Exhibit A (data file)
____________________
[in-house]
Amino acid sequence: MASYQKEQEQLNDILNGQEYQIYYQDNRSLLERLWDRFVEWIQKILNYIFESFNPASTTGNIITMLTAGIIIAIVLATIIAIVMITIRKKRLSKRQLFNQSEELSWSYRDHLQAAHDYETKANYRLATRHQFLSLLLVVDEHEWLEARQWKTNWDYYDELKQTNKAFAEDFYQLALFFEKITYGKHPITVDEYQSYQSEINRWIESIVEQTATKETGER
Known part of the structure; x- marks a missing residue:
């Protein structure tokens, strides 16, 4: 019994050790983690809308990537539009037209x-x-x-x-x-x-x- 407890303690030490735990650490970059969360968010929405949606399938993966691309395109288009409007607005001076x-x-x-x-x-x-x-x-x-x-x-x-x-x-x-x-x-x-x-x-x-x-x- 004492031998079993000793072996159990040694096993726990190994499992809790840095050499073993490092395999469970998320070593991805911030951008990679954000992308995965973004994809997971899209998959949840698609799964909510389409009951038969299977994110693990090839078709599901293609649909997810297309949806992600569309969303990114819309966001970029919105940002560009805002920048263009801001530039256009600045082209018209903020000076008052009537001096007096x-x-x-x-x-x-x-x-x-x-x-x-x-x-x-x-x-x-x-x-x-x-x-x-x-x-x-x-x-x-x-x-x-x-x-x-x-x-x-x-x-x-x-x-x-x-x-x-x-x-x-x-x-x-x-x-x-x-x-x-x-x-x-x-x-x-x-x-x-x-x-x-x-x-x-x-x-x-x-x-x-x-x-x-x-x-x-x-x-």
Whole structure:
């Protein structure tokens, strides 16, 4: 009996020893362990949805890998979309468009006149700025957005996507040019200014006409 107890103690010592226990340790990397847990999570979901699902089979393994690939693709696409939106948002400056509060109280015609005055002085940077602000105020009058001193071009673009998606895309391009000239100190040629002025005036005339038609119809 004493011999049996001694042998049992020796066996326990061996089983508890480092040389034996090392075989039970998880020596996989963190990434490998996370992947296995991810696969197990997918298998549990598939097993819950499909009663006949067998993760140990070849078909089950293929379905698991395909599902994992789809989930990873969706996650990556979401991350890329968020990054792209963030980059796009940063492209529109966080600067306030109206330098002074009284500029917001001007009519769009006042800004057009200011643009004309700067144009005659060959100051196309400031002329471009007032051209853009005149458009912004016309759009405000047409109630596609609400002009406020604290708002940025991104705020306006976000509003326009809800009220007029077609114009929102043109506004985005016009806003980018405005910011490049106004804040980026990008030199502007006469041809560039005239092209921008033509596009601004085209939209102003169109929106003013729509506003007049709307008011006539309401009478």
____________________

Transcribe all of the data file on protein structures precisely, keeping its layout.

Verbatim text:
[in-house]
Amino acid sequence: MASYQKEQEQLNDILNGQEYQIYYQDNRSLLERLWDRFVEWIQKILNYIFESFNPASTTGNIITMLTAGIIIAIVLATIIAIVMITIRKKRLSKRQLFNQSEELSWSYRDHLQAAHDYETKANYRLATRHQFLSLLLVVDEHEWLEARQWKTNWDYYDELKQTNKAFAEDFYQLALFFEKITYGKHPITVDEYQSYQSEINRWIESIVEQTATKETGER
Known part of the structure; x- marks a missing residue:
């Protein structure tokens, strides 16, 4: 019994050790983690809308990537539009037209x-x-x-x-x-x-x- 407890303690030490735990650490970059969360968010929405949606399938993966691309395109288009409007607005001076x-x-x-x-x-x-x-x-x-x-x-x-x-x-x-x-x-x-x-x-x-x-x- 004492031998079993000793072996159990040694096993726990190994499992809790840095050499073993490092395999469970998320070593991805911030951008990679954000992308995965973004994809997971899209998959949840698609799964909510389409009951038969299977994110693990090839078709599901293609649909997810297309949806992600569309969303990114819309966001970029919105940002560009805002920048263009801001530039256009600045082209018209903020000076008052009537001096007096x-x-x-x-x-x-x-x-x-x-x-x-x-x-x-x-x-x-x-x-x-x-x-x-x-x-x-x-x-x-x-x-x-x-x-x-x-x-x-x-x-x-x-x-x-x-x-x-x-x-x-x-x-x-x-x-x-x-x-x-x-x-x-x-x-x-x-x-x-x-x-x-x-x-x-x-x-x-x-x-x-x-x-x-x-x-x-x-x-």
Whole structure:
């Protein structure tokens, strides 16, 4: 009996020893362990949805890998979309468009006149700025957005996507040019200014006409 107890103690010592226990340790990397847990999570979901699902089979393994690939693709696409939106948002400056509060109280015609005055002085940077602000105020009058001193071009673009998606895309391009000239100190040629002025005036005339038609119809 004493011999049996001694042998049992020796066996326990061996089983508890480092040389034996090392075989039970998880020596996989963190990434490998996370992947296995991810696969197990997918298998549990598939097993819950499909009663006949067998993760140990070849078909089950293929379905698991395909599902994992789809989930990873969706996650990556979401991350890329968020990054792209963030980059796009940063492209529109966080600067306030109206330098002074009284500029917001001007009519769009006042800004057009200011643009004309700067144009005659060959100051196309400031002329471009007032051209853009005149458009912004016309759009405000047409109630596609609400002009406020604290708002940025991104705020306006976000509003326009809800009220007029077609114009929102043109506004985005016009806003980018405005910011490049106004804040980026990008030199502007006469041809560039005239092209921008033509596009601004085209939209102003169109929106003013729509506003007049709307008011006539309401009478």